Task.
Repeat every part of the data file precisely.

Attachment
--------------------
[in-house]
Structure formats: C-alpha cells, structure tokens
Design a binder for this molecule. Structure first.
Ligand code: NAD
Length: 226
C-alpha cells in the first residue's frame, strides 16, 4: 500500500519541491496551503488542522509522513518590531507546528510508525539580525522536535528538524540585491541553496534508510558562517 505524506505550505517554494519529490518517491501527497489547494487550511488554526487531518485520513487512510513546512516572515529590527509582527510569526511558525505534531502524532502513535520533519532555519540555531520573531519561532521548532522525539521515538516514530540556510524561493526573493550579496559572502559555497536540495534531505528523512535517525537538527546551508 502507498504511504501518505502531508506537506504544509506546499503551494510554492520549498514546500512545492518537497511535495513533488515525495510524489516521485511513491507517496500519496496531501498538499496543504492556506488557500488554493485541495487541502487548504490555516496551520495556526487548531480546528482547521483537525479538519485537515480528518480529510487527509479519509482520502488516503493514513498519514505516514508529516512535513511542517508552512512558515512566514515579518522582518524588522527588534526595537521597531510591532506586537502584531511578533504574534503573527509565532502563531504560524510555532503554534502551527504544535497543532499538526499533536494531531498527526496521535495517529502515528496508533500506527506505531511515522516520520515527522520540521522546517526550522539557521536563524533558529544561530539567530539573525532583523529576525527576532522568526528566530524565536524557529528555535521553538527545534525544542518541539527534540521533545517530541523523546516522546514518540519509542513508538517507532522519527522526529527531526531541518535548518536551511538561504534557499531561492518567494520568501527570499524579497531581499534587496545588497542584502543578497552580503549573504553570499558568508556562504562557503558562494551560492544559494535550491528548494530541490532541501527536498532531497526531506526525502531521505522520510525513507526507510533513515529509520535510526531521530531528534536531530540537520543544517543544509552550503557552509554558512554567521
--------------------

[in-house]
Structure formats: C-alpha cells, structure tokens
Design a binder for this molecule. Structure first.
Ligand code: NAD
Length: 226
C-alpha cells in the first residue's frame, strides 16, 4: 500500500519541491496551503488542522509522513518590531507546528510508525539580525522536535528538524540585491541553496534508510558562517 505524506505550505517554494519529490518517491501527497489547494487550511488554526487531518485520513487512510513546512516572515529590527509582527510569526511558525505534531502524532502513535520533519532555519540555531520573531519561532521548532522525539521515538516514530540556510524561493526573493550579496559572502559555497536540495534531505528523512535517525537538527546551508 502507498504511504501518505502531508506537506504544509506546499503551494510554492520549498514546500512545492518537497511535495513533488515525495510524489516521485511513491507517496500519496496531501498538499496543504492556506488557500488554493485541495487541502487548504490555516496551520495556526487548531480546528482547521483537525479538519485537515480528518480529510487527509479519509482520502488516503493514513498519514505516514508529516512535513511542517508552512512558515512566514515579518522582518524588522527588534526595537521597531510591532506586537502584531511578533504574534503573527509565532502563531504560524510555532503554534502551527504544535497543532499538526499533536494531531498527526496521535495517529502515528496508533500506527506505531511515522516520520515527522520540521522546517526550522539557521536563524533558529544561530539567530539573525532583523529576525527576532522568526528566530524565536524557529528555535521553538527545534525544542518541539527534540521533545517530541523523546516522546514518540519509542513508538517507532522519527522526529527531526531541518535548518536551511538561504534557499531561492518567494520568501527570499524579497531581499534587496545588497542584502543578497552580503549573504553570499558568508556562504562557503558562494551560492544559494535550491528548494530541490532541501527536498532531497526531506526525502531521505522520510525513507526507510533513515529509520535510526531521530531528534536531530540537520543544517543544509552550503557552509554558512554567521